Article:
Psychological issues affecting the skin

Persistent leg ulcers

We have all seen lonely, housebound, elderly patients who have leg ulcers that never seem to heal. Somehow compliance with instructions never seems to be achieved, bandages have been loosened and legs constantly in use despite advice to keep them up. These patients' only company may be when the district nurse calls to do the dressings, but as a nurse's time is valuable, it is important to consider alternative stimulation and company for the patient.

Dermatitis artefacta
Bizarre, well-demarcated lesions that may be linear or geometric in shape are produced by action of the patient. Lesions appear overnight and may be made by the fingernails or chemical agents. They may be raw, crusted areas or blisters complicated by secondary infection. A psychological condition almost certainly underlies this. Patients respond badly to confrontation, but with empathy and a topical preparation to ease discomfort it may be possible to ascertain the underlying distress and offer support.

Lichen simplex
Lichen simplex occurs as the result of repeated rubbing and scratching of localised areas of skin. Common sites are the back of the neck, wrists or the outside of the lower leg or ankle. It is most common in adults. The urge to scratch may initially be due to an insect bite or other stimulus but the habit develops often in stressed and anxious patients.

Resolution of the problem is not always easy to achieve and potent topical steroids, sometimes under occlusion, may be required to ease symptoms and help to change the habit. The anxieties of the patient may also need to be discussed.

Trichotillomania is the name given to self-induced alopecia. This may be by pulling, twisting or, as in this case, cutting the hair and can occur at any age from childhood to adult life. It is sometimes seen in association with the chronic tics seen in Tourette's syndrome. Most patients are unaware of what they are doing. In some it appears to be related to underlying tension, anxiety or obsessional behaviour. Management of the condition may be to help discourage bad habits and in some psychological help is effective. The prognosis in young children is good but in adults recovery is unusual.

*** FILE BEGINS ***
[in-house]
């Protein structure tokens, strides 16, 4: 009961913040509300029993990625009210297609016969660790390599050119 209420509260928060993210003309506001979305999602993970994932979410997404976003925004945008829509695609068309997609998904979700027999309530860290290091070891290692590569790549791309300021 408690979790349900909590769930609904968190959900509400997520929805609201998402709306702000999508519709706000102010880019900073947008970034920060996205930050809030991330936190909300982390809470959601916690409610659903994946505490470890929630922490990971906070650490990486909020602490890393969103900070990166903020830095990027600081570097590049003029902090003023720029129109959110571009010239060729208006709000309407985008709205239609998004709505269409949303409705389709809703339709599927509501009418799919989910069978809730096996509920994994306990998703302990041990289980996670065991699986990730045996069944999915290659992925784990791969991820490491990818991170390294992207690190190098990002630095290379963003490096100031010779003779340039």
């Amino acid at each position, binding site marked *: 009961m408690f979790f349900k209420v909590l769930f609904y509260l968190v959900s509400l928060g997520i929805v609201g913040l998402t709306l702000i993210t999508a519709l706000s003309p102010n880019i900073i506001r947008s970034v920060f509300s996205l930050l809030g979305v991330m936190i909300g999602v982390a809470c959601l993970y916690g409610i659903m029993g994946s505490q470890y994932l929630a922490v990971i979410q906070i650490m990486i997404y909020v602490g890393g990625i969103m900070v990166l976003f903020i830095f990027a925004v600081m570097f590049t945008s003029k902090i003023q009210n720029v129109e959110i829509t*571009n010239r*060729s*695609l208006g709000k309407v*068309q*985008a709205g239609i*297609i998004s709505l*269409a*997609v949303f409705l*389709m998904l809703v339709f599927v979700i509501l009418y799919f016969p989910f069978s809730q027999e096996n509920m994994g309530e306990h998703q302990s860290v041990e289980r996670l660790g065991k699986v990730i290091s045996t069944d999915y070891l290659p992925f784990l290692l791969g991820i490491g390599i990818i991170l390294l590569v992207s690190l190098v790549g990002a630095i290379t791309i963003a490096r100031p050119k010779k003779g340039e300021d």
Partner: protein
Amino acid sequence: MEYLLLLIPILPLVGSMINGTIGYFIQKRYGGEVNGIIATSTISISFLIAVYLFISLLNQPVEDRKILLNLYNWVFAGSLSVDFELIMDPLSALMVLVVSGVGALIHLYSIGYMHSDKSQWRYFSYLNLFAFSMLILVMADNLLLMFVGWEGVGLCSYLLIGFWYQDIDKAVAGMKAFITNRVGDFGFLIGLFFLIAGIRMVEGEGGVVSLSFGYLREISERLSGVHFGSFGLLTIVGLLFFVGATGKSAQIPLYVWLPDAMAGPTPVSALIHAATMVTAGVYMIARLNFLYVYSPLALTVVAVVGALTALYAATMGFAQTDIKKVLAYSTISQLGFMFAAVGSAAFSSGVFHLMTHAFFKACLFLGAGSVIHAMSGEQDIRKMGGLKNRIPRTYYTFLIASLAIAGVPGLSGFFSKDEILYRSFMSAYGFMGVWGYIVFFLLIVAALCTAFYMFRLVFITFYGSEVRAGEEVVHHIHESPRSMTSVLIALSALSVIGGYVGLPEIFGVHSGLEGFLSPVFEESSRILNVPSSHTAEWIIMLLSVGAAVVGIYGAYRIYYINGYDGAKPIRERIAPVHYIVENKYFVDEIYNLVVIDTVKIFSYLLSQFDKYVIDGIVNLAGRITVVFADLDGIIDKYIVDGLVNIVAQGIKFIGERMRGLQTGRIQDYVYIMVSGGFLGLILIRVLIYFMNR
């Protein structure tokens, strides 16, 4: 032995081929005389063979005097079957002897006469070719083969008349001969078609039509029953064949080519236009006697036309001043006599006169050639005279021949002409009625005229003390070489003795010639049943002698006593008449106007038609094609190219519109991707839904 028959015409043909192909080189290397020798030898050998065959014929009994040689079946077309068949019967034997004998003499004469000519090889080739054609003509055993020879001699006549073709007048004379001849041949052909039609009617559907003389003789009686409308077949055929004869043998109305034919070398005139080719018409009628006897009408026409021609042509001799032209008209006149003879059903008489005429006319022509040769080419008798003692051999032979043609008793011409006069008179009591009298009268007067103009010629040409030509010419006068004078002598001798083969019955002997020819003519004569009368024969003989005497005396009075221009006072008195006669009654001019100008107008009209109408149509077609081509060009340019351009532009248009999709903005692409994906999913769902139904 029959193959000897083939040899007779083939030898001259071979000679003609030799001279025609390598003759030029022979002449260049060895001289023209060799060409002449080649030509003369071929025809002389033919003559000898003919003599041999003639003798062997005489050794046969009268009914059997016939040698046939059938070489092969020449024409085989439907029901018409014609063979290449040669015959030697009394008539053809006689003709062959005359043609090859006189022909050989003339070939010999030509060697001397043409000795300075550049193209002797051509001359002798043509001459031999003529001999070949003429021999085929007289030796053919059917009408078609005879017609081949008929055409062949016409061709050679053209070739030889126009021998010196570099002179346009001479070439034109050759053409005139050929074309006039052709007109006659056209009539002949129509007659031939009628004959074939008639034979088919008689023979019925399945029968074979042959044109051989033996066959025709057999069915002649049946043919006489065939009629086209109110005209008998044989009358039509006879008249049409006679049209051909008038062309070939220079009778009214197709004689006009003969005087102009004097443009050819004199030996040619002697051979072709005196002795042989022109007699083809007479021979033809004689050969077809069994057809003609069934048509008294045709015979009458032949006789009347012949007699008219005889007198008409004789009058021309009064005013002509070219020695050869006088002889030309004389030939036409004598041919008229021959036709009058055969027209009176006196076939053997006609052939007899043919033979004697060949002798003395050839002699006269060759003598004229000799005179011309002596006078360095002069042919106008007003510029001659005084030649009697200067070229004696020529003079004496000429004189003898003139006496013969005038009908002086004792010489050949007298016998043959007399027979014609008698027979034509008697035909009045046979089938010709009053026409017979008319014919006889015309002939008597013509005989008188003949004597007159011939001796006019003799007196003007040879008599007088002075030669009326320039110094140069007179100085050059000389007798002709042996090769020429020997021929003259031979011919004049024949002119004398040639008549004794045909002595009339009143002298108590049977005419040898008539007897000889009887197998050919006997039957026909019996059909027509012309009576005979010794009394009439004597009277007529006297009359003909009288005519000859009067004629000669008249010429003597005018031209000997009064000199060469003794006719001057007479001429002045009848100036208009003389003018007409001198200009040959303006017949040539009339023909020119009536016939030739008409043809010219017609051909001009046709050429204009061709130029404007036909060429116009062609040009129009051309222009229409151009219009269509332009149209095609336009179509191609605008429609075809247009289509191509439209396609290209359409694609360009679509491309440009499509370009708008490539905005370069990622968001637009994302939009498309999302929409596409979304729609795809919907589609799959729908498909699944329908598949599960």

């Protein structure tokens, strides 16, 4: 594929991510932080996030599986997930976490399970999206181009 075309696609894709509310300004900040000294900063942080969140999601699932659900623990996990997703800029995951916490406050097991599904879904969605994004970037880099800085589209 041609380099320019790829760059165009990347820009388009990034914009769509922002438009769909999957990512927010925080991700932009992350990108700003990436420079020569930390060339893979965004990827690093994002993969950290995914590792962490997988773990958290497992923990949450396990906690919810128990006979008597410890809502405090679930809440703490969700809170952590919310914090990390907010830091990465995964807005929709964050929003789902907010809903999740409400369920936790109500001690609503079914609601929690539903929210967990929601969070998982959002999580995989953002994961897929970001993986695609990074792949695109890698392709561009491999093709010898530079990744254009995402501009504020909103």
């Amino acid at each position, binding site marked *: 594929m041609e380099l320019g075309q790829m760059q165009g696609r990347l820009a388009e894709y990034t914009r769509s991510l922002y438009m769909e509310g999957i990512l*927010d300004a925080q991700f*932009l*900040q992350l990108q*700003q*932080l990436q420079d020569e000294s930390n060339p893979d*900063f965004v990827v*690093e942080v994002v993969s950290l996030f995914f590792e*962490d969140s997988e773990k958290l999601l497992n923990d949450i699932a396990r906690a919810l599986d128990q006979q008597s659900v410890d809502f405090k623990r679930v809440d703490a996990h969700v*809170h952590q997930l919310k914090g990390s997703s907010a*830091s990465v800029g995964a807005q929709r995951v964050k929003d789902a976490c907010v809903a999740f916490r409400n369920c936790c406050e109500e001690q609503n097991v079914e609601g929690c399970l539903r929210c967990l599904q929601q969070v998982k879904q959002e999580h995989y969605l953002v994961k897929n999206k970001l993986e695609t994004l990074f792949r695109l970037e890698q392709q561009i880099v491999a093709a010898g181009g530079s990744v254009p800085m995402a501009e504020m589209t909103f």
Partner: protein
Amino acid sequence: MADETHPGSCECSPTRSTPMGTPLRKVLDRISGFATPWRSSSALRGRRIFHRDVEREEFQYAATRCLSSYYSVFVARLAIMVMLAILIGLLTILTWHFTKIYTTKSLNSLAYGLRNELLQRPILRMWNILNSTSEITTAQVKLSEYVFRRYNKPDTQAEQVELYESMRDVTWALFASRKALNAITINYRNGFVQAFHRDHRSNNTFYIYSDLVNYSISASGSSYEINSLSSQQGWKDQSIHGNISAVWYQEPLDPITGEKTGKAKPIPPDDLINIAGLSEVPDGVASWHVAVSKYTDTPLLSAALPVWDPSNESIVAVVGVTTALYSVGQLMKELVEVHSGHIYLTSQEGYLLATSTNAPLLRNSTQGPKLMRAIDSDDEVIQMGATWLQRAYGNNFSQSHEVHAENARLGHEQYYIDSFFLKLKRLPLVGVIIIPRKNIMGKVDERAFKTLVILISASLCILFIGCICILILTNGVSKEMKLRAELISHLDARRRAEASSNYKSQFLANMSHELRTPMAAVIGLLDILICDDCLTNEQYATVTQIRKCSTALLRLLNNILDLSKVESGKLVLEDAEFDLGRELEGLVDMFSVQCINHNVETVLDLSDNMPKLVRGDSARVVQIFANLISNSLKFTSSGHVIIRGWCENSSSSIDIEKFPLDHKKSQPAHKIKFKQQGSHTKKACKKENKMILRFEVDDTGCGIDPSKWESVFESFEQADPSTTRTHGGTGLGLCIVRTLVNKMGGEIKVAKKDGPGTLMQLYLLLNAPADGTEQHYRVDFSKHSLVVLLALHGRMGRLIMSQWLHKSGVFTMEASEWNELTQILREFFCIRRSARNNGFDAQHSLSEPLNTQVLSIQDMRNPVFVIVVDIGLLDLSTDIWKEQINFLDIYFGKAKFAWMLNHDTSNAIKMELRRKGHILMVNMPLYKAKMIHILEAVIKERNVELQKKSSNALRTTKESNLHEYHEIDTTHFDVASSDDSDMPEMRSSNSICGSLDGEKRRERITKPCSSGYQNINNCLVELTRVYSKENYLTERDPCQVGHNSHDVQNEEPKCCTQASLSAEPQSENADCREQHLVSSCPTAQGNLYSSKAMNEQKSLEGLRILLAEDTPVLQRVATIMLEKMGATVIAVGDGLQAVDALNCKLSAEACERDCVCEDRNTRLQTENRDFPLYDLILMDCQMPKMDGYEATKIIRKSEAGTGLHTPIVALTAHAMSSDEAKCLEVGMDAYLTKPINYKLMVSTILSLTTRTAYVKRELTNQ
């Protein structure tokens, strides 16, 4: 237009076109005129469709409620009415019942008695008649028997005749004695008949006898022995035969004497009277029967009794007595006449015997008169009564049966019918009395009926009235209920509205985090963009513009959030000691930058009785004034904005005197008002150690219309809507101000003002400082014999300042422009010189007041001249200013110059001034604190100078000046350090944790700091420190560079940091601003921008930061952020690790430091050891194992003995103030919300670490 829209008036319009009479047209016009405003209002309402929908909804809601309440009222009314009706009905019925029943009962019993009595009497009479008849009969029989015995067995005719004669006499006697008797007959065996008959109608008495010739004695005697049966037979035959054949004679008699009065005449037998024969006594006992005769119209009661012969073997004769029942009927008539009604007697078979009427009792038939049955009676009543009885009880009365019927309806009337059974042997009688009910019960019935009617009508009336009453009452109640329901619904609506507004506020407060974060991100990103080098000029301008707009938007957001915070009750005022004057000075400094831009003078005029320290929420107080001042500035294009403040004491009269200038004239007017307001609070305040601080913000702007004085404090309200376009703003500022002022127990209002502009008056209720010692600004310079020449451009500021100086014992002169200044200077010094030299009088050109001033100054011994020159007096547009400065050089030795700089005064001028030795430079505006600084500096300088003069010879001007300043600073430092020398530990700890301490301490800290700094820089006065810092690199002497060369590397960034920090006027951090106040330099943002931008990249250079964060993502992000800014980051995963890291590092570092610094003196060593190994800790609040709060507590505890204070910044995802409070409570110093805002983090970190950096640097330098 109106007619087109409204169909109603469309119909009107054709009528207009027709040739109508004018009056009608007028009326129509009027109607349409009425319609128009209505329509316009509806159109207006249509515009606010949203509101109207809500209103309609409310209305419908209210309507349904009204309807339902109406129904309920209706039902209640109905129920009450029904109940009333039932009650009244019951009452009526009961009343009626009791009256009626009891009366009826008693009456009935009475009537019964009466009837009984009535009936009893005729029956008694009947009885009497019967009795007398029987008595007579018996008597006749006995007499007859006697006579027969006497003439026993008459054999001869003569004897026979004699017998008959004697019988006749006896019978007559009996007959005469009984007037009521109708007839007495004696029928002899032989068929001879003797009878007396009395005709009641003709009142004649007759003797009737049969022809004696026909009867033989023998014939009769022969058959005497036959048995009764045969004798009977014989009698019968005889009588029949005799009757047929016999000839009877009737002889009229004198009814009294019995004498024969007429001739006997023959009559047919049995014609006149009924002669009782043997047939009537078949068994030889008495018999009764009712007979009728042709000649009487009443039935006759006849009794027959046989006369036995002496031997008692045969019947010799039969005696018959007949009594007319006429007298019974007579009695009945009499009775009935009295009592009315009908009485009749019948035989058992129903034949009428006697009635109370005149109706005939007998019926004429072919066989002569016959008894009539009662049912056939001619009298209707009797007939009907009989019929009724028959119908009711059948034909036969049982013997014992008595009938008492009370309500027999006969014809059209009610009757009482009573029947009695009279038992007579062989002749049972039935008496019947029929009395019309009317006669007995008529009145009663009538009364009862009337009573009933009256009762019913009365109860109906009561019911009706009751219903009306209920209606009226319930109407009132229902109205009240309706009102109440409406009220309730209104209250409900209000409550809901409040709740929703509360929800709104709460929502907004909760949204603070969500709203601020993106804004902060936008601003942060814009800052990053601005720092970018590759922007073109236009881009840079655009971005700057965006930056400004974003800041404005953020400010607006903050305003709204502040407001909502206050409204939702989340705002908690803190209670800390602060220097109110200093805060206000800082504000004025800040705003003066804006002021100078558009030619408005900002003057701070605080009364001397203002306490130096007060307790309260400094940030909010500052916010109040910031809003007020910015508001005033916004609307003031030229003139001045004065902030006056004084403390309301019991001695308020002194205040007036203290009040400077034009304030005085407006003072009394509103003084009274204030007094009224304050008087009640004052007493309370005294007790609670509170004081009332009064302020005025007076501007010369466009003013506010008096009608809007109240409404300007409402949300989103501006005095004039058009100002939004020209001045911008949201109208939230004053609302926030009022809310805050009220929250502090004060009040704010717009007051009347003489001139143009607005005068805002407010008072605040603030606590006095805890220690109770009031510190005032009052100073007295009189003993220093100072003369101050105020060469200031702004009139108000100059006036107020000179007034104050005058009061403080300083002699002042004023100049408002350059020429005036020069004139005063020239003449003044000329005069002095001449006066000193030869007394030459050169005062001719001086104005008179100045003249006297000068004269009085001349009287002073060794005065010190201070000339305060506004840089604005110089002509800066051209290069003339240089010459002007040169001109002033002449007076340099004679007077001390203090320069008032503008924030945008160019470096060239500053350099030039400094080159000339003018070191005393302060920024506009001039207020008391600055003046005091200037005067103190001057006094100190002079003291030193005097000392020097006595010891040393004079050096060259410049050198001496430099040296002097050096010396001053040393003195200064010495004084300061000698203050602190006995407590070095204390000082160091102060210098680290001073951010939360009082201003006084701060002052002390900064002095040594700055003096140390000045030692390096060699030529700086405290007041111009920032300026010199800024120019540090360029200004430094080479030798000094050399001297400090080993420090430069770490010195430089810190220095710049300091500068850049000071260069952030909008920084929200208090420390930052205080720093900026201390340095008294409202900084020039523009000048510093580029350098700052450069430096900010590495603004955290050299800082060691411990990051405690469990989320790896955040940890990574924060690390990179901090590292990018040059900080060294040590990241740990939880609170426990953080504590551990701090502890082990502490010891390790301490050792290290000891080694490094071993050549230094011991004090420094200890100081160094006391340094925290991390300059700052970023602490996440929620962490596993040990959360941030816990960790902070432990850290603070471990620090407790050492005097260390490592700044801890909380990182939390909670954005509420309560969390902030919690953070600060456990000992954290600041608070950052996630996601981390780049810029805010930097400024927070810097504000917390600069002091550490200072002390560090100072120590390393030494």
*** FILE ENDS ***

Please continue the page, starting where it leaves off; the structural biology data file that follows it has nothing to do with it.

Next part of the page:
Self-harm is often a cry for help. A patient seen in the surgery with old scars from previous damage will often alert one to the fact that the patient has been unstable at some time in their life. It is a problem that should be taken seriously, as approximately 15 per cent of those who self-harm are actually intending suicide.

Self-harm is most common between the ages of 11 and 25, but others at particular risk are the elderly, single or divorced, unemployed, those who misuse drugs or alcohol and those with an underlying psychiatric illness.

Delusional parasitophobia
Some patients are convinced that they are infected with mites. Their fears are confirmed by itching and the feeling of something crawling under the skin. They commonly present with a matchbox full of the 'proof'. However, when examined under the microscope, only skin fragments are found. Delusional parasitophobia is a form of delusional psychosis that is difficult to help and patients can be reluctant to seek psychiatric advice.

If the patient seems to be depressed, antidepressant therapy may help. Pimozide or olanzapine may be prescribed by a specialist.

Cannabis tattoo
Debate about the effects of cannabis continues. After using the drug patients may be unfit to drive or operate machinery. A single dose can lead to panic attacks or paranoia. Longer term risks include psychosis, delusions and hallucinations that may simulate schizophrenia in those predisposed to it. Regular use of cannabis can have long-term effects on cognitive performance. Finding a tattoo such as this would suggest that cannabis features in the patient's life and gives us the opportunity to warn of the dangers and recommend cessation.

Acne vulgaris
Confidence and acceptance by peers are important and this is helped by appearance. Unfortunately, the formative years are often marred by acne. Not only is the presence of pustules offensive but severe lesions may leave scars. When treating such patients we need to be aware of these fears, which may very occasionally lead to suicidal attempts.

Much can be done in the way of treatment to avoid these consequences and we must be ready to refer severe, persistent cases and cases of cystic acne to a dermatologist for consideration of isotretinoin to help to avert problems.

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